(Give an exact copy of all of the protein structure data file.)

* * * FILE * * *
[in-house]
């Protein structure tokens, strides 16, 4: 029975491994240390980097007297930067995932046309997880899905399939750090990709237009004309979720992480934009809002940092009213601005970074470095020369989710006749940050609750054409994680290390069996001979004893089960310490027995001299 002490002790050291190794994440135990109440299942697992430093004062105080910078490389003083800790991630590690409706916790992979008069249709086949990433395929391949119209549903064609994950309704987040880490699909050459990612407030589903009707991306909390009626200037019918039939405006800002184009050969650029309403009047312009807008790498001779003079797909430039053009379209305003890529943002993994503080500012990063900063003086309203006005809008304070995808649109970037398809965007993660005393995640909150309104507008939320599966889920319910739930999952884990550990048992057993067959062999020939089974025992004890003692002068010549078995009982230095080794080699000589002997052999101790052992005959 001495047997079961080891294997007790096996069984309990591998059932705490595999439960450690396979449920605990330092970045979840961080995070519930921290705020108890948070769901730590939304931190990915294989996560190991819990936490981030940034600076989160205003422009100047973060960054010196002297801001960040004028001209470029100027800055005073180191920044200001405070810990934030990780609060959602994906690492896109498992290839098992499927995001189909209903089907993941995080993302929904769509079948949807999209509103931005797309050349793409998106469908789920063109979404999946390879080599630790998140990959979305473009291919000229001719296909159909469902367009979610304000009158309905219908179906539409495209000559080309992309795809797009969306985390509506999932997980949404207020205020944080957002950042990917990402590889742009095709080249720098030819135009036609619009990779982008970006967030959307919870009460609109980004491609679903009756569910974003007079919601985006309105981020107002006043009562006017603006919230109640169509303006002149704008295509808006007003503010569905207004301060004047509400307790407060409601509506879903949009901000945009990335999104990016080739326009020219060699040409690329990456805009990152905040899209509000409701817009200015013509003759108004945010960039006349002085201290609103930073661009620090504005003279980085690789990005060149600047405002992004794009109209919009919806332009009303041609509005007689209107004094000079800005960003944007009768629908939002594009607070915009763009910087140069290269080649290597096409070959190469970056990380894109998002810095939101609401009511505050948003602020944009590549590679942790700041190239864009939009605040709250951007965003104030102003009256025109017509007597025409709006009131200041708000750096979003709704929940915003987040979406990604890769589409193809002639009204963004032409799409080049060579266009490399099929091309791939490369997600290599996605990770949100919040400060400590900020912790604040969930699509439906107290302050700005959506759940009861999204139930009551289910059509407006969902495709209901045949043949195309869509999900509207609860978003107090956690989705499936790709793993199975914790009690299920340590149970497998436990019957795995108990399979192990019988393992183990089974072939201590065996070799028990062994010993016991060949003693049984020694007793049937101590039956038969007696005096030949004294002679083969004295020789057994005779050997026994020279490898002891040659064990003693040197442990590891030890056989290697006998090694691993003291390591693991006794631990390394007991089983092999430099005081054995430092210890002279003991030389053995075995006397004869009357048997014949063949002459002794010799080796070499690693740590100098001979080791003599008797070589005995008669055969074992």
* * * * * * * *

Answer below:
[in-house]
């Protein structure tokens, strides 16, 4: 029975491994240390980097007297930067995932046309997880899905399939750090990709237009004309979720992480934009809002940092009213601005970074470095020369989710006749940050609750054409994680290390069996001979004893089960310490027995001299 002490002790050291190794994440135990109440299942697992430093004062105080910078490389003083800790991630590690409706916790992979008069249709086949990433395929391949119209549903064609994950309704987040880490699909050459990612407030589903009707991306909390009626200037019918039939405006800002184009050969650029309403009047312009807008790498001779003079797909430039053009379209305003890529943002993994503080500012990063900063003086309203006005809008304070995808649109970037398809965007993660005393995640909150309104507008939320599966889920319910739930999952884990550990048992057993067959062999020939089974025992004890003692002068010549078995009982230095080794080699000589002997052999101790052992005959 001495047997079961080891294997007790096996069984309990591998059932705490595999439960450690396979449920605990330092970045979840961080995070519930921290705020108890948070769901730590939304931190990915294989996560190991819990936490981030940034600076989160205003422009100047973060960054010196002297801001960040004028001209470029100027800055005073180191920044200001405070810990934030990780609060959602994906690492896109498992290839098992499927995001189909209903089907993941995080993302929904769509079948949807999209509103931005797309050349793409998106469908789920063109979404999946390879080599630790998140990959979305473009291919000229001719296909159909469902367009979610304000009158309905219908179906539409495209000559080309992309795809797009969306985390509506999932997980949404207020205020944080957002950042990917990402590889742009095709080249720098030819135009036609619009990779982008970006967030959307919870009460609109980004491609679903009756569910974003007079919601985006309105981020107002006043009562006017603006919230109640169509303006002149704008295509808006007003503010569905207004301060004047509400307790407060409601509506879903949009901000945009990335999104990016080739326009020219060699040409690329990456805009990152905040899209509000409701817009200015013509003759108004945010960039006349002085201290609103930073661009620090504005003279980085690789990005060149600047405002992004794009109209919009919806332009009303041609509005007689209107004094000079800005960003944007009768629908939002594009607070915009763009910087140069290269080649290597096409070959190469970056990380894109998002810095939101609401009511505050948003602020944009590549590679942790700041190239864009939009605040709250951007965003104030102003009256025109017509007597025409709006009131200041708000750096979003709704929940915003987040979406990604890769589409193809002639009204963004032409799409080049060579266009490399099929091309791939490369997600290599996605990770949100919040400060400590900020912790604040969930699509439906107290302050700005959506759940009861999204139930009551289910059509407006969902495709209901045949043949195309869509999900509207609860978003107090956690989705499936790709793993199975914790009690299920340590149970497998436990019957795995108990399979192990019988393992183990089974072939201590065996070799028990062994010993016991060949003693049984020694007793049937101590039956038969007696005096030949004294002679083969004295020789057994005779050997026994020279490898002891040659064990003693040197442990590891030890056989290697006998090694691993003291390591693991006794631990390394007991089983092999430099005081054995430092210890002279003991030389053995075995006397004869009357048997014949063949002459002794010799080796070499690693740590100098001979080791003599008797070589005995008669055969074992």